Vijesh Rai from Anaheim
BADMINTON is very important to Malaysia. The large presence of Malaysian shuttlers at the World Championships which kick off at the Arrowhead Pond of Anaheim today underlines that fact.
The inclusion of badminton as one of the eight core sports by the Cabinet Committee for Sports further emphasises the importance of the sport to the country.
Millions of ringgit has been and will be poured into the sport, which will see centres of excellence and infrastructure being set up across the country.
After all, badminton is the first sport in which Malaysians can claim to have been world class in, thanks to the Thomas Cup and All-England triumphs in the 1950s and 60s.
It will be wrong to say that Malaysian shuttlers are no longer world class, they are but in terms of the pecking order, they trail China, Indonesia, South Korea and Denmark by some distance.
While China have several Olympic champions in their fold and are dominating the World Grand Prix circuit, Indonesia are in Anaheim with Taufik Hidayat, the men's singles gold medallist in Athens last year and doubles pair Candra Wijaya-Sigit Budiarto, who are strongly favoured to win the title a second time after their 1997 triumph.
Korea, though hit with the retirement of Olympic champions Ha Tae Kwon-Kim Dong Moon, still have some quality players while Denmark won the men's doubles title in 2003.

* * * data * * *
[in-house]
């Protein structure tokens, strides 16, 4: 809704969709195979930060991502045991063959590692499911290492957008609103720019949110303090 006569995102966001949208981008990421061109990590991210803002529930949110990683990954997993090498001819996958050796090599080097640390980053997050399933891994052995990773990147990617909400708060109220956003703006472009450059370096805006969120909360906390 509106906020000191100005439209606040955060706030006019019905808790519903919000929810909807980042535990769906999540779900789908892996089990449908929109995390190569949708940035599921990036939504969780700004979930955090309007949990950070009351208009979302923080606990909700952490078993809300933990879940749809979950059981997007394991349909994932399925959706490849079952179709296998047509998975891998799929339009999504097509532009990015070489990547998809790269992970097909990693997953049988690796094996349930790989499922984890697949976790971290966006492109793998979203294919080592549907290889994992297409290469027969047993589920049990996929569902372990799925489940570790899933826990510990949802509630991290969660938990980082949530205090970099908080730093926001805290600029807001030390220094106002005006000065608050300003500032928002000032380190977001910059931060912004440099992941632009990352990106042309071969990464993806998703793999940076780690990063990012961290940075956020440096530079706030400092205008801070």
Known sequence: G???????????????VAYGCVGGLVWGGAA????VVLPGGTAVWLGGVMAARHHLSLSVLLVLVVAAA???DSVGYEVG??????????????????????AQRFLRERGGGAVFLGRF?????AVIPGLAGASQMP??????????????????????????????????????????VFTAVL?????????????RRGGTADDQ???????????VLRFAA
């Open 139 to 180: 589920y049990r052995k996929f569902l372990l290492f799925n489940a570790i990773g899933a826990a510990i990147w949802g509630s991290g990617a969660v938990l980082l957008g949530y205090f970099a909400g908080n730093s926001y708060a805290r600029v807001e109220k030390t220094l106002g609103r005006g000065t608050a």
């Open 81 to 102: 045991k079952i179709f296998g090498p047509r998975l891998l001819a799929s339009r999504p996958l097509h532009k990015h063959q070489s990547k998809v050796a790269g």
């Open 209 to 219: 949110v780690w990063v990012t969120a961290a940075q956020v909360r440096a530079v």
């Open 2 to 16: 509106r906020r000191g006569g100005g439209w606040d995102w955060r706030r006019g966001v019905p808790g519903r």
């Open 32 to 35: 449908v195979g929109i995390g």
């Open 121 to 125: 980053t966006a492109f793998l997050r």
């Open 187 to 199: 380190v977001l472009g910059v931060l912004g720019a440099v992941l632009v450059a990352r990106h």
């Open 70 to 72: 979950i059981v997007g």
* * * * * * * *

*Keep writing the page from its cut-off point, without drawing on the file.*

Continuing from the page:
Where is Malaysia in this equation?
It is ridiculous, given Malaysia's history in badminton, that a world title has never been won by the national shuttlers.
The World Championships had been so barren for the men's singles shuttlers that Wong Choong Hann's silver medal effort in Birmingham and Roslin Hashim qualifying for the quarter-finals was the best showing ever.
Previously, only Rashid Sidek had managed to survive till the last eight.
The men's doubles have done better with Razif Sidek-Jailani Sidek, Cheah Soon Kit-Soo Beng Kiang and Soon Kit-Yap Kim Hock all having won silver medals. But being second best is no longer enough.
The national shuttlers must realise that.
It has been upgraded by the Government and the likes of Lee Chong Wei and Hafiz Hashim represent the future of Malaysian badminton.
They must set the standards for the next generation of players and they must set them really high.
Setting quarter-final and semi-finals targets can no longer apply and starting with this edition of the World Championships, Malaysians must chart new frontiers in the sport.
A Malaysian world badminton champion is long overdue and this must change in Anaheim.
Live on RTM if...
MALAYSIANS will get to see the national shuttlers in action live on television if they advance to the semi-finals and final of the World Badminton Championships.
RTM has sent a crew to Anaheim and word has it that there will also be delayed coverage of the championships which kick off tomorrow.
Cable channel Starsports is also scheduled to screen the World Championships, which is expected to be broadcast to over 140 countries.
(source: New Straits Times)